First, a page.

People's Newsroom

40-day COVID lockdown; Xinjiang residents complain of hunger

People in Ghulja take to social media to show empty fridges saying they are not receiving supplies to get them through enforced confinement

.Residents of a city in China’s far western Xinjiang region say they have run out of food after more than 40 days under a strict coronavirus lockdown.

In posts shared on Chinese social media, as well as platforms including TikTok and Twitter, residents of Ghulja showed empty fridges and hungry children. Others were in tears recounting their experience during the lockdown, which began in early August.

People in Aksu in Xinjiang walking the streets in masks in March 2021.
Some residents in Xijjiang say a prolonged coronavirus lockdown has left them without enough food [File: Ng Han Guan/AP Photo]

China remains committed to a policy of ‘zero COVID’, confining whole communities to their homes for extended periods — with food supplies delivered — and requiring them to undergo regular testing.

The lockdown in Ghulja has also prompted accusations that the mostly Muslim Uighurs, the Turkic ethnic group native to Xinjiang, are being targeted.

China has been accused of running a network of detention centers and prisons in the region and holding some one million Uighurs and other largely Muslim minorities in a system that the United Nations has said may constitute “crimes against humanity“. Beijing has argued the camps are vocational skills training centers necessary to address “extremism”.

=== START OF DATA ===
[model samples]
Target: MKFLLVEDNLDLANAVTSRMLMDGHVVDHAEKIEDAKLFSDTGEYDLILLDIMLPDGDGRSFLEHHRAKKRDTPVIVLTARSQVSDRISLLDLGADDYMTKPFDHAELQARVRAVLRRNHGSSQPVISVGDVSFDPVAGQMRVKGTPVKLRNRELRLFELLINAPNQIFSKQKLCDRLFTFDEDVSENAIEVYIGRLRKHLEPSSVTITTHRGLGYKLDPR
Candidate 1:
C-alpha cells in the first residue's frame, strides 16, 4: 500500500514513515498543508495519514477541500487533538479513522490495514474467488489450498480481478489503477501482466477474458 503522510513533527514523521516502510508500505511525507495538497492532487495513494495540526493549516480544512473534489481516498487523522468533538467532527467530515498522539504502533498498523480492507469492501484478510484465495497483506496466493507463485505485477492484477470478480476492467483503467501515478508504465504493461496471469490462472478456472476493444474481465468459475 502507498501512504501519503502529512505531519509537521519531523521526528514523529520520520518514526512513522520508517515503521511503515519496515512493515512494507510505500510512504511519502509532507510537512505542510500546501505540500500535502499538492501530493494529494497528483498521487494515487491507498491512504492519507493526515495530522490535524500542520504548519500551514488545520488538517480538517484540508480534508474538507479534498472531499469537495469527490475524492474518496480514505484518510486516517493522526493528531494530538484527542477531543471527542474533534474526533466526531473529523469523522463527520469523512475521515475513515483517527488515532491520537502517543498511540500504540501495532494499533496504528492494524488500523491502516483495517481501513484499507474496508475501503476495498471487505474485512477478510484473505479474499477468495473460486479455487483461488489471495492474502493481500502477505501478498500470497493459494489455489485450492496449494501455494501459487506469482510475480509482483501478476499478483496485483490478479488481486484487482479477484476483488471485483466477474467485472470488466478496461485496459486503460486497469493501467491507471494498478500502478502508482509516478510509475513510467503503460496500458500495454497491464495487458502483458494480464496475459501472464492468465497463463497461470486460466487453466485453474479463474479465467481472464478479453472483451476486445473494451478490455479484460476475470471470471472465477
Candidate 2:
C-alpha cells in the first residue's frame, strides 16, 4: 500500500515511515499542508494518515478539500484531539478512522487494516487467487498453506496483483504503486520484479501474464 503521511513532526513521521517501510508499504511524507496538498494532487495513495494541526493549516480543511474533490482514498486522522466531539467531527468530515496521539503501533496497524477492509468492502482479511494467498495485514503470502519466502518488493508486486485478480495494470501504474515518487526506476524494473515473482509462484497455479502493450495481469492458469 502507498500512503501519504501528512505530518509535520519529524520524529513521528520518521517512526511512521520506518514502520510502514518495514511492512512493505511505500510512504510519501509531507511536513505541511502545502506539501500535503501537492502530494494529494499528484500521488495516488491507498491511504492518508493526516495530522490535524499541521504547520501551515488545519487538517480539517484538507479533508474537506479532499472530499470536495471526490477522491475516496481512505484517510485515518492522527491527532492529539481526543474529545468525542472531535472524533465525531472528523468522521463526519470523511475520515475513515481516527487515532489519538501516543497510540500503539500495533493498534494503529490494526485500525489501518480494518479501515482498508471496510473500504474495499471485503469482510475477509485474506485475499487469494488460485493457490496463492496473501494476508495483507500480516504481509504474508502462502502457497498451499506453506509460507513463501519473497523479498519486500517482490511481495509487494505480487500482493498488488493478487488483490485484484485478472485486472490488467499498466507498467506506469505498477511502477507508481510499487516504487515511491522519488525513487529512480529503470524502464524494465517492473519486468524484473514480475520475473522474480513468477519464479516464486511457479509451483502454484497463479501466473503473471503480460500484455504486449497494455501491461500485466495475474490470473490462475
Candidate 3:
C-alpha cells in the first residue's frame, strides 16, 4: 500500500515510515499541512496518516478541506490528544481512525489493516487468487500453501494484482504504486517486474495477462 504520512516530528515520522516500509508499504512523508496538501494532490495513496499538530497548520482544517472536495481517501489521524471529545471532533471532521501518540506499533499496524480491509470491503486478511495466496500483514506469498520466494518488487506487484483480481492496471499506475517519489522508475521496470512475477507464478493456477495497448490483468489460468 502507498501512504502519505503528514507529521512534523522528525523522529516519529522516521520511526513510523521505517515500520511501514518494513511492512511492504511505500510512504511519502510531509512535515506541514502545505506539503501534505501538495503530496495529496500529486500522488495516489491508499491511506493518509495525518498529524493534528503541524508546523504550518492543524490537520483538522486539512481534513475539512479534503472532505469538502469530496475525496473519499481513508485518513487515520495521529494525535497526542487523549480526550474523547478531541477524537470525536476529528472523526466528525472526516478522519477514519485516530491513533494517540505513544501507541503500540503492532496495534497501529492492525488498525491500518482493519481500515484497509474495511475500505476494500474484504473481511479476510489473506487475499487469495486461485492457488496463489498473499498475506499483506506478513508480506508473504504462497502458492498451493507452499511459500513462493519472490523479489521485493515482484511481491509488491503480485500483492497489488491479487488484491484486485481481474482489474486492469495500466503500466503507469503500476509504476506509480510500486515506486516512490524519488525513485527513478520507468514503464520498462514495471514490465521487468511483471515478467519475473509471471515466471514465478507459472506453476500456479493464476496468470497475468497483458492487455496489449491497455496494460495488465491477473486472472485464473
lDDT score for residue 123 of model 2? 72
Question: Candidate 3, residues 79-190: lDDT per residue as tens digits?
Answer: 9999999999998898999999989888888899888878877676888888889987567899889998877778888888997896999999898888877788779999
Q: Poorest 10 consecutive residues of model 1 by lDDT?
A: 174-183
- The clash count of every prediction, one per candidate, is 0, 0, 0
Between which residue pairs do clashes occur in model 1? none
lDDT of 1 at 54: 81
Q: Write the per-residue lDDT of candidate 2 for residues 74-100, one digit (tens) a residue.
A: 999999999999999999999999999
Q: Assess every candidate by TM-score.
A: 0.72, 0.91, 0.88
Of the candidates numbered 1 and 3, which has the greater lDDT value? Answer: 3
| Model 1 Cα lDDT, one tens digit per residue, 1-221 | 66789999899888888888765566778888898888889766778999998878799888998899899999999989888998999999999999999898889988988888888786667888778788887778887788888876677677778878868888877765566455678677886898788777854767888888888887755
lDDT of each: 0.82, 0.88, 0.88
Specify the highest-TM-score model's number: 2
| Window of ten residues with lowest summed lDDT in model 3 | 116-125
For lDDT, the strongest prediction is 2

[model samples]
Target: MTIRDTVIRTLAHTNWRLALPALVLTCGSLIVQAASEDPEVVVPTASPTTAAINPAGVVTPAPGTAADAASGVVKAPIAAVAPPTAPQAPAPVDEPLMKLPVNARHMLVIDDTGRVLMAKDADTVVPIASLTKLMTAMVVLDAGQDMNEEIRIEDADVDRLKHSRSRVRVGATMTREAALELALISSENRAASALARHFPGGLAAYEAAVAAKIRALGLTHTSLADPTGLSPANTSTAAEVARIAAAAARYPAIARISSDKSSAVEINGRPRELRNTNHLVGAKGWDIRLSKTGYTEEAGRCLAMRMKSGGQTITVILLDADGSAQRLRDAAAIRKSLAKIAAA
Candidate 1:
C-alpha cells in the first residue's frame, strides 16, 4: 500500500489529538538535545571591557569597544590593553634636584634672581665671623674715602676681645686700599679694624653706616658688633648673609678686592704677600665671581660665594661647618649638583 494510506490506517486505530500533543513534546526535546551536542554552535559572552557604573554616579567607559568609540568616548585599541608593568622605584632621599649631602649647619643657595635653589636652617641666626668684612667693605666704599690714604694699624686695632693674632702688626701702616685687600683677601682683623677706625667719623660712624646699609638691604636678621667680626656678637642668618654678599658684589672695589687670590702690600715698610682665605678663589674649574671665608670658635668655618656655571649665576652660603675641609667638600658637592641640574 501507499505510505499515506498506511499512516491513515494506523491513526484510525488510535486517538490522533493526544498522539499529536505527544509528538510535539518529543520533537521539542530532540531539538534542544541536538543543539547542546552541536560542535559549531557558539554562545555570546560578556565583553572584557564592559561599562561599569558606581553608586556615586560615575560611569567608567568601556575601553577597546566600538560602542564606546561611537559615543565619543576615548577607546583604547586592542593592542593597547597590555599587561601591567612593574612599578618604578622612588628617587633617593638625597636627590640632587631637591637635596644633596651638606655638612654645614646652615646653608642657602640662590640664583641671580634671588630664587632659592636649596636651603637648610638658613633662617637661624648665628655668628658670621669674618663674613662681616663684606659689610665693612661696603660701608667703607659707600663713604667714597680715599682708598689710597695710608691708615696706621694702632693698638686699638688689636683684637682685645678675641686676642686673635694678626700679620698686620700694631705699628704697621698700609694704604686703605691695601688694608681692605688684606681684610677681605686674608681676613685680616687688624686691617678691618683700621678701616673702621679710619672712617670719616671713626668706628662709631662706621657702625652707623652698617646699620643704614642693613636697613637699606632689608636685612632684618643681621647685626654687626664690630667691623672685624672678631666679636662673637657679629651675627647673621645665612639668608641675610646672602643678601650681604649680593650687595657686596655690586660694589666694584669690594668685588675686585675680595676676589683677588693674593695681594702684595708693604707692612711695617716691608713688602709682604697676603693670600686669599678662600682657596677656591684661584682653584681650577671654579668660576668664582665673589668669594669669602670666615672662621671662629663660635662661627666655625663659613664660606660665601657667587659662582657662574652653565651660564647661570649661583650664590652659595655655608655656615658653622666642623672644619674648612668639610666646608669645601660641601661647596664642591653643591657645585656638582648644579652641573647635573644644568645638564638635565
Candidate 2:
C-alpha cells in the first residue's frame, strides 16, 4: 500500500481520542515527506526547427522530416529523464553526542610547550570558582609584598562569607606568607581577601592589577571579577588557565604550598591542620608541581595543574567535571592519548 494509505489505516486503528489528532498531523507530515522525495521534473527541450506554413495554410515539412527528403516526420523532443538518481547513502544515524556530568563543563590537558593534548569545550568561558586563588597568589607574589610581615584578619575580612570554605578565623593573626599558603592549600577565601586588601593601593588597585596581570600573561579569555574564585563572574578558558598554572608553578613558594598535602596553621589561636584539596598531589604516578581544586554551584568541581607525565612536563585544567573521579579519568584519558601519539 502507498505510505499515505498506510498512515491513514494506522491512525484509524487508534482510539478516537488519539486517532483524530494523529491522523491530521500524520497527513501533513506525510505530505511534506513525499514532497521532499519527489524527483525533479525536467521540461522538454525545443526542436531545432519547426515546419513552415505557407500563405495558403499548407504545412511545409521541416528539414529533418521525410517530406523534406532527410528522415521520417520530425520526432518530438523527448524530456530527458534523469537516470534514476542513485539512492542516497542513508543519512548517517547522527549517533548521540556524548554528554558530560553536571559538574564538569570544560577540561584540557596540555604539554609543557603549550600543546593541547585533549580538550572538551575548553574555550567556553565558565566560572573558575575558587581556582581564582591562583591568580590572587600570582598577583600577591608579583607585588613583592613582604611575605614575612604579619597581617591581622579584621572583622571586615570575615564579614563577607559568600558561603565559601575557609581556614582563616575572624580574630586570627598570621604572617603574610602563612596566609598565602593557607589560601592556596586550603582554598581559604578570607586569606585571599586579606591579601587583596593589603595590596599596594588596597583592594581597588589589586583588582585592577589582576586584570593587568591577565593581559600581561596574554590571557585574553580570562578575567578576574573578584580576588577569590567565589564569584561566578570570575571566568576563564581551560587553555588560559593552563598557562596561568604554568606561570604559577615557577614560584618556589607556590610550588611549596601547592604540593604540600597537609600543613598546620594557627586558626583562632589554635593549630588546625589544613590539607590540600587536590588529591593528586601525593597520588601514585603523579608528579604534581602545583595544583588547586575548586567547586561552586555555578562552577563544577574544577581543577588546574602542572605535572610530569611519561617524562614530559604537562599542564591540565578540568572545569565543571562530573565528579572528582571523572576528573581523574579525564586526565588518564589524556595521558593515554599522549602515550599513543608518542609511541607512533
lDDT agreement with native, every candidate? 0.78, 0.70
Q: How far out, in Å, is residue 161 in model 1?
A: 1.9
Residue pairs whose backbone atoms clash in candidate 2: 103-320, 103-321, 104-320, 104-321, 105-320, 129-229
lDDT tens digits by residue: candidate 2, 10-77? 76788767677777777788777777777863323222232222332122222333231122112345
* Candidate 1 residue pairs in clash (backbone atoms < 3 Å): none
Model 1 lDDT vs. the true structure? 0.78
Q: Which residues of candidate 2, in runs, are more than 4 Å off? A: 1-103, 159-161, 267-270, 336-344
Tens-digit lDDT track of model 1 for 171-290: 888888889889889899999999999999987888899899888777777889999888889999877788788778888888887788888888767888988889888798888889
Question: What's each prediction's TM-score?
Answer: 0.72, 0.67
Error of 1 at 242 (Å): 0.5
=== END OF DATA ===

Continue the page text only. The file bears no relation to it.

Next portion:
An earlier lockdown in Xinjiang was particularly tough, with forced medication, arrests, and residents being hosed down with disinfectant.

“It’s judgment day,” she sighed in an audio recording reviewed by The Associated Press. “We don’t know what’s going to happen this time. All we can do now is to trust our creator.”

Yasinuf said his parents told him they were running low on food, despite having stocked up before the lockdown. With no deliveries, and barred from using their backyard ovens for fear of spreading the virus, his parents have been surviving on uncooked dough made of flour, water, and salt. Yasinuf declined to give his surname for fear of reprisals against his relatives.

He said he had not been able to study or sleep in recent days, for thinking of his relatives back in Ghulja.

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